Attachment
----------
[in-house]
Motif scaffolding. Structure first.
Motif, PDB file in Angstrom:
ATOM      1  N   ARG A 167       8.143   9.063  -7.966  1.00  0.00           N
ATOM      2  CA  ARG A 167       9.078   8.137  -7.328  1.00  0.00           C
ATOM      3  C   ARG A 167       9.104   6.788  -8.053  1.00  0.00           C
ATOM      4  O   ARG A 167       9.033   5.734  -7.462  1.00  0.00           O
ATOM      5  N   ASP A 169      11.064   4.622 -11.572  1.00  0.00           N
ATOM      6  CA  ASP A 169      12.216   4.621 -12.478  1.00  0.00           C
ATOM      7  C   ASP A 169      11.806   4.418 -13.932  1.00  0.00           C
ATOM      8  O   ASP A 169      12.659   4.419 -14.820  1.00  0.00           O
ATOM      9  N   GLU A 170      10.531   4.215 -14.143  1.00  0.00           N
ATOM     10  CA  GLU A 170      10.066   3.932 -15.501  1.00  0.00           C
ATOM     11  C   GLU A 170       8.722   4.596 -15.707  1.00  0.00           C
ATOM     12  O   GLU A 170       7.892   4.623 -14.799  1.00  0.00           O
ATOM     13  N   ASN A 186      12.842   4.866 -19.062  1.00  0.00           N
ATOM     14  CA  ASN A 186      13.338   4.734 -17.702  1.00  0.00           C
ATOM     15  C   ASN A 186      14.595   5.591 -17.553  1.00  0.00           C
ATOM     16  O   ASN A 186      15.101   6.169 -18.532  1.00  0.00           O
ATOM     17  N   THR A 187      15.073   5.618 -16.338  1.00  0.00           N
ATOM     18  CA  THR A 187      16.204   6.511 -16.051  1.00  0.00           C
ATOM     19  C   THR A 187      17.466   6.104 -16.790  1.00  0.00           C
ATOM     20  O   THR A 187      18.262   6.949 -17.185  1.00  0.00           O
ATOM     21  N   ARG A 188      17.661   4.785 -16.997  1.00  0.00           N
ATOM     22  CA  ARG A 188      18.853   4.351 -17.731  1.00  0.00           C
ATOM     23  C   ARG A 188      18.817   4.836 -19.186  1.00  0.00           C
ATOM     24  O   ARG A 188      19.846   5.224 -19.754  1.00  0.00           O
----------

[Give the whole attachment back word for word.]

[in-house]
Motif scaffolding. Structure first.
Motif, PDB file in Angstrom:
ATOM      1  N   ARG A 167       8.143   9.063  -7.966  1.00  0.00           N
ATOM      2  CA  ARG A 167       9.078   8.137  -7.328  1.00  0.00           C
ATOM      3  C   ARG A 167       9.104   6.788  -8.053  1.00  0.00           C
ATOM      4  O   ARG A 167       9.033   5.734  -7.462  1.00  0.00           O
ATOM      5  N   ASP A 169      11.064   4.622 -11.572  1.00  0.00           N
ATOM      6  CA  ASP A 169      12.216   4.621 -12.478  1.00  0.00           C
ATOM      7  C   ASP A 169      11.806   4.418 -13.932  1.00  0.00           C
ATOM      8  O   ASP A 169      12.659   4.419 -14.820  1.00  0.00           O
ATOM      9  N   GLU A 170      10.531   4.215 -14.143  1.00  0.00           N
ATOM     10  CA  GLU A 170      10.066   3.932 -15.501  1.00  0.00           C
ATOM     11  C   GLU A 170       8.722   4.596 -15.707  1.00  0.00           C
ATOM     12  O   GLU A 170       7.892   4.623 -14.799  1.00  0.00           O
ATOM     13  N   ASN A 186      12.842   4.866 -19.062  1.00  0.00           N
ATOM     14  CA  ASN A 186      13.338   4.734 -17.702  1.00  0.00           C
ATOM     15  C   ASN A 186      14.595   5.591 -17.553  1.00  0.00           C
ATOM     16  O   ASN A 186      15.101   6.169 -18.532  1.00  0.00           O
ATOM     17  N   THR A 187      15.073   5.618 -16.338  1.00  0.00           N
ATOM     18  CA  THR A 187      16.204   6.511 -16.051  1.00  0.00           C
ATOM     19  C   THR A 187      17.466   6.104 -16.790  1.00  0.00           C
ATOM     20  O   THR A 187      18.262   6.949 -17.185  1.00  0.00           O
ATOM     21  N   ARG A 188      17.661   4.785 -16.997  1.00  0.00           N
ATOM     22  CA  ARG A 188      18.853   4.351 -17.731  1.00  0.00           C
ATOM     23  C   ARG A 188      18.817   4.836 -19.186  1.00  0.00           C
ATOM     24  O   ARG A 188      19.846   5.224 -19.754  1.00  0.00           O